Suicide, religion, and socioeconomic conditions. An ecological study in 26 countries, 1990. (5/346)

STUDY OBJECTIVE: Relative risks are frequently assumed to be stable across populations but this may not apply in psychiatric epidemiology where sociocultural context may modify them. Such ecological effect modification will give curved associations between aggregated risk factor and outcome. This was examined in connection with the ecological association between suicide rates and an aggregate index of religiosity. DESIGN: Ecological study of associations between suicide rates and an index of religiosity, adjusted for socioeconomic variation. The effect of stratification of the study sample according to levels of religiosity, was examined. SETTING: 26 European and American countries. SUBJECTS: Interview data from 37,688 people aggregated by country. OUTCOME MEASURES: Age and sex specific (1986-1990) suicide rates. MAIN RESULT: Adjusted for socioeconomic variation, negative associations of male suicide rates with religiosity were apparent in the 13 least religious countries only (test for interaction F (1, 25) = 5.6; p = 0.026). Associations between religiosity and female suicide rates did not vary across countries. CONCLUSION: The bent ecological association was apparent only after adjustment for socioeconomic variation suggesting that, rather than confounding, ecological modification of individual level links between religion and male (but not female) suicide risk is the responsible mechanism. This concurs with micro-level findings suggesting that suicide acceptance depends not only on personal but also on contextual levels of religious belief, and that men are more sensitive to this phenomenon than women. In psychiatric epidemiology, relative risks vary with the exposure's prevalence. This has important implications for research and prevention.  (+info)

Genetic structure of natural populations of Escherichia coli in wild hosts on different continents. (6/346)

Current knowledge of genotypic and phenotypic diversity in the species Escherichia coli is based almost entirely on strains recovered from humans or zoo animals. In this study, we analyzed a collection of 202 strains obtained from 81 mammalian species representing 39 families and 14 orders in Australia and the Americas, as well as several reference strains; we also included a strain from a reptile and 10 from different families of birds collected in Mexico. The strains were characterized genotypically by multilocus enzyme electrophoresis (MLEE) and phenotypically by patterns of sugar utilization, antibiotic resistance, and plasmid profile. MLEE analysis yielded an estimated genetic diversity (H) of 0.682 for 11 loci. The observed genetic diversity in this sample is the greatest yet reported for E. coli. However, this genetic diversity is not randomly distributed; geographic effects and host taxonomic group accounted for most of the genetic differentiation. The genetic relationship among the strains showed that they are more associated by origin and host order than is expected by chance. In a dendrogram, the ancestral cluster includes primarily strains from Australia and ECOR strains from groups B and C. The most differentiated E. coli in our analysis are strains from Mexican carnivores and strains from humans, including those in the ECOR group A. The kinds and numbers of sugars utilized by the strains varied by host taxonomic group and country of origin. Strains isolated from bats were found to exploit the greatest range of sugars, while those from primates utilized the fewest. Toxins are more frequent in strains from rodents from both continents than in any other taxonomic group. Strains from Mexican wild mammals were, on average, as resistant to antibiotics as strains from humans in cities. On average, the Australian strains presented a lower antibiotic resistance than the Mexican strains. However, strains recovered from hosts in cities carried significantly more plasmids than did strains isolated from wild mammals. Previous studies have shown that natural populations of E. coli harbor an extensive genetic diversity that is organized in a limited number of clones. However, knowledge of this worldwide bacterium has been limited. Here, we suggest that the strains from a wide range of wild hosts from different regions of the world are organized in an ecotypic structure where adaptation to the host plays an important role in the population structure.  (+info)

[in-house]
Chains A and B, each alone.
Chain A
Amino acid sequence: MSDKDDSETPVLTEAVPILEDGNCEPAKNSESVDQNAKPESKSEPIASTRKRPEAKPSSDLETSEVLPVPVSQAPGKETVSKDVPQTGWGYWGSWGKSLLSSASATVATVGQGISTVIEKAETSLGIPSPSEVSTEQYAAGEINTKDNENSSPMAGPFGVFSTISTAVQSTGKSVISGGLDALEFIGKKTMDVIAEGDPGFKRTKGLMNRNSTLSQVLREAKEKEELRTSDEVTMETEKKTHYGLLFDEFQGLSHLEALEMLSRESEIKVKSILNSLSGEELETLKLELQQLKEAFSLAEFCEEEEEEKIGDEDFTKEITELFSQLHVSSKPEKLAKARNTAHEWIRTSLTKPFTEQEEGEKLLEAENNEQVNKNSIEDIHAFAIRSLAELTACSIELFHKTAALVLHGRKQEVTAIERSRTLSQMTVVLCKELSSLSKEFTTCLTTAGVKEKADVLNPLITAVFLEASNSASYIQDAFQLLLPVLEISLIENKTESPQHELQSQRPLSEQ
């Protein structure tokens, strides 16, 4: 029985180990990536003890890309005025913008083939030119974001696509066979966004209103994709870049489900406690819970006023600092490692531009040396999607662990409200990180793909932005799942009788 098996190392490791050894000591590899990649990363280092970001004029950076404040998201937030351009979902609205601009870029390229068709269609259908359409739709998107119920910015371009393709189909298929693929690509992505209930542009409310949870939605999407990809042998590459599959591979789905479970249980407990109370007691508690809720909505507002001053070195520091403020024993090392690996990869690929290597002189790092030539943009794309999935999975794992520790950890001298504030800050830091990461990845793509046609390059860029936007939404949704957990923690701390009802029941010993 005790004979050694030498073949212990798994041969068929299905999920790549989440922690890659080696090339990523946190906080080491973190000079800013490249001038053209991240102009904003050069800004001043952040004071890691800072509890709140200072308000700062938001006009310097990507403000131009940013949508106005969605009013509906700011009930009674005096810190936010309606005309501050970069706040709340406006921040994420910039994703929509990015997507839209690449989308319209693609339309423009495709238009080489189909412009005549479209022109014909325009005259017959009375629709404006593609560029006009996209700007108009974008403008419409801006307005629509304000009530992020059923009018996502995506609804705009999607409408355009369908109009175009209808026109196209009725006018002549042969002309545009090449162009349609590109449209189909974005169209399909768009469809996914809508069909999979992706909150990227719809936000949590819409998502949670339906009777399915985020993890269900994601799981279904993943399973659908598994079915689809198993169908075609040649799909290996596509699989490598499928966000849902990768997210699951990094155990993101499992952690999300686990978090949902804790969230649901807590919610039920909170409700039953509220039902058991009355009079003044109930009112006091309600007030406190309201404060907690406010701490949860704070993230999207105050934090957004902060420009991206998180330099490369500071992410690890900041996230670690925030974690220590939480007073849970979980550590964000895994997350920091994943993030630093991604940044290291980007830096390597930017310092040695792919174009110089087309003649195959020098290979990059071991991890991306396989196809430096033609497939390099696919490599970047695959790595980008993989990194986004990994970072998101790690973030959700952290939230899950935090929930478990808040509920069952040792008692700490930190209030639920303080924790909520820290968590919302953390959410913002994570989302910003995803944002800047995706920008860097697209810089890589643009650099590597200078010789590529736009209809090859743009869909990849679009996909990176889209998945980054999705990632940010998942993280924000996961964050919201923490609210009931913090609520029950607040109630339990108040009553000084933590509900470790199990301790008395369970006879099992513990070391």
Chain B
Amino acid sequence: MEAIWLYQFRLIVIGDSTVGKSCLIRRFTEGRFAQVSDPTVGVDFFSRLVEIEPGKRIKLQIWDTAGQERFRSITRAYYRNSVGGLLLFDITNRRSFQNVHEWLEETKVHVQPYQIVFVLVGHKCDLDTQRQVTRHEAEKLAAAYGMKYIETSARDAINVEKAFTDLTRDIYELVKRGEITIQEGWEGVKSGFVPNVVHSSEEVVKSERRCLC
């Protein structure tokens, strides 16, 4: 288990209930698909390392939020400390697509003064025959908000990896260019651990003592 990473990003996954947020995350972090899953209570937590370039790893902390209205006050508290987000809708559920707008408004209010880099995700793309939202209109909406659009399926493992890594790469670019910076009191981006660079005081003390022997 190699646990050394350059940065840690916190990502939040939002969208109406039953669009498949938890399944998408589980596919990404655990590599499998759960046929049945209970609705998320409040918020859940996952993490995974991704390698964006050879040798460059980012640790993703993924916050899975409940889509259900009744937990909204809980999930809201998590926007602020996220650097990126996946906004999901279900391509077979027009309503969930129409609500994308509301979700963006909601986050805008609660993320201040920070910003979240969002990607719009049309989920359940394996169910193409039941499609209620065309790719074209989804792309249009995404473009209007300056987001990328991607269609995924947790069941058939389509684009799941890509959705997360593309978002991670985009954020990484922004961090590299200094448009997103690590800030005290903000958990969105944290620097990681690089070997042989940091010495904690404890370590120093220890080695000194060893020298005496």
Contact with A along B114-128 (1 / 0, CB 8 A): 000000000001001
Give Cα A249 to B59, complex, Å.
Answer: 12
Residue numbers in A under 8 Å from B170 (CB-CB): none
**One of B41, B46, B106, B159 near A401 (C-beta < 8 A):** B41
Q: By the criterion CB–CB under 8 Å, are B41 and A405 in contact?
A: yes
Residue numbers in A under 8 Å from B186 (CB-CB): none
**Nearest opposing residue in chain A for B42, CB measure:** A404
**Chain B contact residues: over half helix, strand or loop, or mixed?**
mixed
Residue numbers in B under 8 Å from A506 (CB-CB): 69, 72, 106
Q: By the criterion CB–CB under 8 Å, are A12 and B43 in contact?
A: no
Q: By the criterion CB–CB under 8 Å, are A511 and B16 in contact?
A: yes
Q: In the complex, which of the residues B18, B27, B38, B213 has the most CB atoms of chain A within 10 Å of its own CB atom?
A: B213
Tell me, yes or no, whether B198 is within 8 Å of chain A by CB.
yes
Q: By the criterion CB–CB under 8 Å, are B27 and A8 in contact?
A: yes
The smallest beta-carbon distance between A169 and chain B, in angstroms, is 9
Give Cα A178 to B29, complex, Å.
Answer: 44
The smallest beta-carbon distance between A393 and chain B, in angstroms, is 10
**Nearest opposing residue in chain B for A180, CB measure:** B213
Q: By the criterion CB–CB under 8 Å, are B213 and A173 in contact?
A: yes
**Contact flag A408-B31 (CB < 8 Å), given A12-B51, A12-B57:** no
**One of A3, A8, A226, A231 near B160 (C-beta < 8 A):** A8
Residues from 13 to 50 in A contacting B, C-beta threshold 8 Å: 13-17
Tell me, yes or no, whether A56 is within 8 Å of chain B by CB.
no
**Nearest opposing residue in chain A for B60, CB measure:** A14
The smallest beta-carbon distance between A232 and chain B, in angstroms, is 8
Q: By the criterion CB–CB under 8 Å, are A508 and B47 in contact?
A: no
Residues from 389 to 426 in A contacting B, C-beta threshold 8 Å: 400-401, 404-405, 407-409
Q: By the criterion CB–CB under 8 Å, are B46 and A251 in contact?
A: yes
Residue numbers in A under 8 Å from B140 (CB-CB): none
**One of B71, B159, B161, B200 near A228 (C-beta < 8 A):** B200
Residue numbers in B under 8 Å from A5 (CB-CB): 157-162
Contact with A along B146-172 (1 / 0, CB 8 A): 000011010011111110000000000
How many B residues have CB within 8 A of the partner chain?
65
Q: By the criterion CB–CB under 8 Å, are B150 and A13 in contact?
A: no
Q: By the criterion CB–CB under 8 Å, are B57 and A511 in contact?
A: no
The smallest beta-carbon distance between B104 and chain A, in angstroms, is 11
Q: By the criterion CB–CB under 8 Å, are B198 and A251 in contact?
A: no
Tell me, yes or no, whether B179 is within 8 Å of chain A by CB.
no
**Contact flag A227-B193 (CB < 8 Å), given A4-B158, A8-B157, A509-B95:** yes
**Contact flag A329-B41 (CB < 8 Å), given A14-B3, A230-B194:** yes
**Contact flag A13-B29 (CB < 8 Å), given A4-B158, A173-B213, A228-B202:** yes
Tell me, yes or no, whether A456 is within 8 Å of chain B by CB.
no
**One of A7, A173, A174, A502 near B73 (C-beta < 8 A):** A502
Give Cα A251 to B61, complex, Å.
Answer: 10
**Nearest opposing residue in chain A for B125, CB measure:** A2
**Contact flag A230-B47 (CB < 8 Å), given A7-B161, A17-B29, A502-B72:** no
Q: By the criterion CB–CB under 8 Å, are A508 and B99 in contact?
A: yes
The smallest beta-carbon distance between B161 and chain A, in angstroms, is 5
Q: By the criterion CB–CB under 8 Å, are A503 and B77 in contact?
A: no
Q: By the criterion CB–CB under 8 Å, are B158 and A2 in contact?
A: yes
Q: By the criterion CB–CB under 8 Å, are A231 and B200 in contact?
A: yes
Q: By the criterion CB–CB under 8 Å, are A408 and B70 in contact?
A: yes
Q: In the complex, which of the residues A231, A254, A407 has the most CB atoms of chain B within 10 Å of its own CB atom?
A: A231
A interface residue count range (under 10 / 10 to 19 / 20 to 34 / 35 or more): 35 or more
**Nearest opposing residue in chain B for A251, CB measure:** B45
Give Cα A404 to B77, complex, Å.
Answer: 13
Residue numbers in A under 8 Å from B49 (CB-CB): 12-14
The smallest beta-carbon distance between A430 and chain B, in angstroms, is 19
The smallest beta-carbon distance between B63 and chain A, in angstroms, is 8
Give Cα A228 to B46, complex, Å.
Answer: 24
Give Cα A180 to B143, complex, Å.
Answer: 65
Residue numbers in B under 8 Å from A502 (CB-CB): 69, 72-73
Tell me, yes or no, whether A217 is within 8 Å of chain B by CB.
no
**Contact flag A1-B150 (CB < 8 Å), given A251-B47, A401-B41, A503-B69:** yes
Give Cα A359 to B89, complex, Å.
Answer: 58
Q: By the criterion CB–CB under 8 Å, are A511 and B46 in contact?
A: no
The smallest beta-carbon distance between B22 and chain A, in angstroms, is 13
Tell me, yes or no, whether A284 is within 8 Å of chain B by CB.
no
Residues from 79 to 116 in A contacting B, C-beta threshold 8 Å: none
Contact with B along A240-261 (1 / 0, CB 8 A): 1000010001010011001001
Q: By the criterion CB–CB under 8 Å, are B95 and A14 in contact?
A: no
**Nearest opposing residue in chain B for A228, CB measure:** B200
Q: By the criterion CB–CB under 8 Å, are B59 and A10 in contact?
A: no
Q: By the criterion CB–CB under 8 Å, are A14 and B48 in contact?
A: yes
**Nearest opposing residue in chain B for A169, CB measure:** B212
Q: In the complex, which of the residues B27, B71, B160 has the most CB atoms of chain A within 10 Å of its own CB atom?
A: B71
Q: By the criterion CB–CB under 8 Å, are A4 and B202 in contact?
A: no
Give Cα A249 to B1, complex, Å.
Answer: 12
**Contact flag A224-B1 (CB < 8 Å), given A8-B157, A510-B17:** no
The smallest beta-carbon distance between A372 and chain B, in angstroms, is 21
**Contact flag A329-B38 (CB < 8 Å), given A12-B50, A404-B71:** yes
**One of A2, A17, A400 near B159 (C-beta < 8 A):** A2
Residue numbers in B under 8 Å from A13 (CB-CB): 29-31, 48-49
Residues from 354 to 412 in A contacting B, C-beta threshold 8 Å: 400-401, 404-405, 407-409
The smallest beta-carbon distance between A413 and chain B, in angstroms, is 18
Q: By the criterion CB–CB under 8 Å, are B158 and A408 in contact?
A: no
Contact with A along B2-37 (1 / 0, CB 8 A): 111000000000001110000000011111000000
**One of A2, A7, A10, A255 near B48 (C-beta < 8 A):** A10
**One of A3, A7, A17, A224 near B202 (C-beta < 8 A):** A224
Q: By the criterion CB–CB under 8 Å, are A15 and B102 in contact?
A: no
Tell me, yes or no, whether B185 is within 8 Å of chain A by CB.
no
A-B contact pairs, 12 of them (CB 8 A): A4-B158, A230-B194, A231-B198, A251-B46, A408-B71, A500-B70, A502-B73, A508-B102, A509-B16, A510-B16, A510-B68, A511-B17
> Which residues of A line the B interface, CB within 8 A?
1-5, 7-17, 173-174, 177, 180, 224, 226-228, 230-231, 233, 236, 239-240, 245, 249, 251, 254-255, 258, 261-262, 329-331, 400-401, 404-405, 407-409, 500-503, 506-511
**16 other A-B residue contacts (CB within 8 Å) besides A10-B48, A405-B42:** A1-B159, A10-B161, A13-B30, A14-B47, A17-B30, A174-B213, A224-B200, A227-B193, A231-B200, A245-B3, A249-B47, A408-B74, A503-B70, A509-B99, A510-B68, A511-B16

Update: influenza activity--worldwide, May-September 1999. (7/346)

In collaboration with the World Health Organization (WHO), the WHO international network of collaborating laboratories, and state and local health departments, CDC conducts surveillance to monitor influenza activity and to detect antigenic changes in the circulating strains of influenza viruses. From October 1998 through April 1999, influenza activity was moderate to severe in the Northern Hemisphere. Influenza A(H3N2) viruses predominated but influenza type B viruses were isolated more frequently than influenza A in some countries. Influenza A(H1N1) viruses were isolated from sporadic cases in Asia, Europe, and North America, and from outbreaks in South America. Since May 1999, influenza activity associated primarily with influenza A(H3N2) viruses has peaked and is declining in the Southern Hemisphere. This report summarizes worldwide influenza activity during May-September 1999 and the antigenic characteristics of influenza isolates collected during May-August 1999.  (+info)